The Catholic Encyclopedia: An International Work of Reference on the Constitution, Doctrine, Discipline, and History of the Catholic Church, Volume 4 (Google eBook)

Front Cover
Encyclopedia Press, 1908 - Theology
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Page 222 - I tell you the truth; it is to your advantage that I go away, for if I do not go away, the Counselor will not come to you; but if I go, I will send him to you.
Page 101 - While stands the Coliseum, Rome shall stand; 'When falls the Coliseum, Rome shall fall; 'And when Rome falls the World.
Page 256 - Confederation together, to maintain and preserve the liberty and purity of the Gospel of our Lord Jesus which we now profess, as also the discipline of the Churches, which according to the truth of the said Gospel is now practiced amongst us...
Page 104 - Upon the first day of the week let every one of you lay by him in store, as God hath prospered him, that there be no gatherings when I come.
Page 275 - ... feet. But Peter said, Ananias, why hath Satan filled thine heart to lie to the Holy Ghost, and to keep back part of the price of the land? Whiles it remained, was it not thine own? and after it was sold, was it not in thine own power? why hast thou conceived this thing in thine heart? thou hast not lied unto men, but unto God.
Page 210 - For I delight in the law of God according to the inward man. But I see another law in my members, warring against the law of my mind, and bringing me into captivity to the law of sin which is in my members.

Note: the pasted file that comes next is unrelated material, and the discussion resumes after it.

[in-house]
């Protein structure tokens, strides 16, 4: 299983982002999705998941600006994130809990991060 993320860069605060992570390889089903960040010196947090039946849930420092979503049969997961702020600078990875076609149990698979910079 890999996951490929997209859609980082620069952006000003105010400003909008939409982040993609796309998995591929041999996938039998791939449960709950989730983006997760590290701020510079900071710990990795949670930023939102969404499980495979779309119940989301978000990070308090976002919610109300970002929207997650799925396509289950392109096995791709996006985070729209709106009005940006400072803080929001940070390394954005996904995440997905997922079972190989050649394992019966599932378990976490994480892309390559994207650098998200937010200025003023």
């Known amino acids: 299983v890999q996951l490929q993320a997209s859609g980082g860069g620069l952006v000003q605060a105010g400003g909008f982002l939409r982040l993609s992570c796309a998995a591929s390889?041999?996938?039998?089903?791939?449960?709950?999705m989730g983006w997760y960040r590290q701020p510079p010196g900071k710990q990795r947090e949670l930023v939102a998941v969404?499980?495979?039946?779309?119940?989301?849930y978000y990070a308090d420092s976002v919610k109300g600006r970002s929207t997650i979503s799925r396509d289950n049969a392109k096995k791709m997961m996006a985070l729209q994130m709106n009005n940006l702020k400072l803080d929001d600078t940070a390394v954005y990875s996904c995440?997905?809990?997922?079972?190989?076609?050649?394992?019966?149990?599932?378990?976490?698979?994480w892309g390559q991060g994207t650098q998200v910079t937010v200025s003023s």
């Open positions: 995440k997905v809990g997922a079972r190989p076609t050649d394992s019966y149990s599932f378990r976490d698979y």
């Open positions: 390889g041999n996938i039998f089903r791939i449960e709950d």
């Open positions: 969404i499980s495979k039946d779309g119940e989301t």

Page 175 - The Romish doctrine concerning Purgatory, Pardons, Worshipping, and Adoration, as well of Images as of Reliques, and also Invocation of Saints, is a fond thing vainly invented, and grounded upon no warranty of Scripture, but rather repugnant to the Word of God.
Page 178 - For as often as you shall eat this bread, and drink the chalice, you shall show the death of the Lord until He come. Therefore whosoever shall eat this bread, or drink the chalice of the Lord unworthily, shall be guilty of the body and of the blood of the Lord.
Page 187 - Let it be granted, then, that, as a rule, workman and employer should make free agreements, and in particular should freely agree as to wages; nevertheless, there is a dictate of nature more imperious and more ancient than any bargain between man and man, that the remuneration must be enough to support the wage-earner in reasonable and frugal comfort.
Page 182 - Therefore I must say that, as I hope for mercy, I can .^ have no other notion of all the other governments that I see or know, than that they are a conspiracy of the rich, who on pretence of managing the public only...

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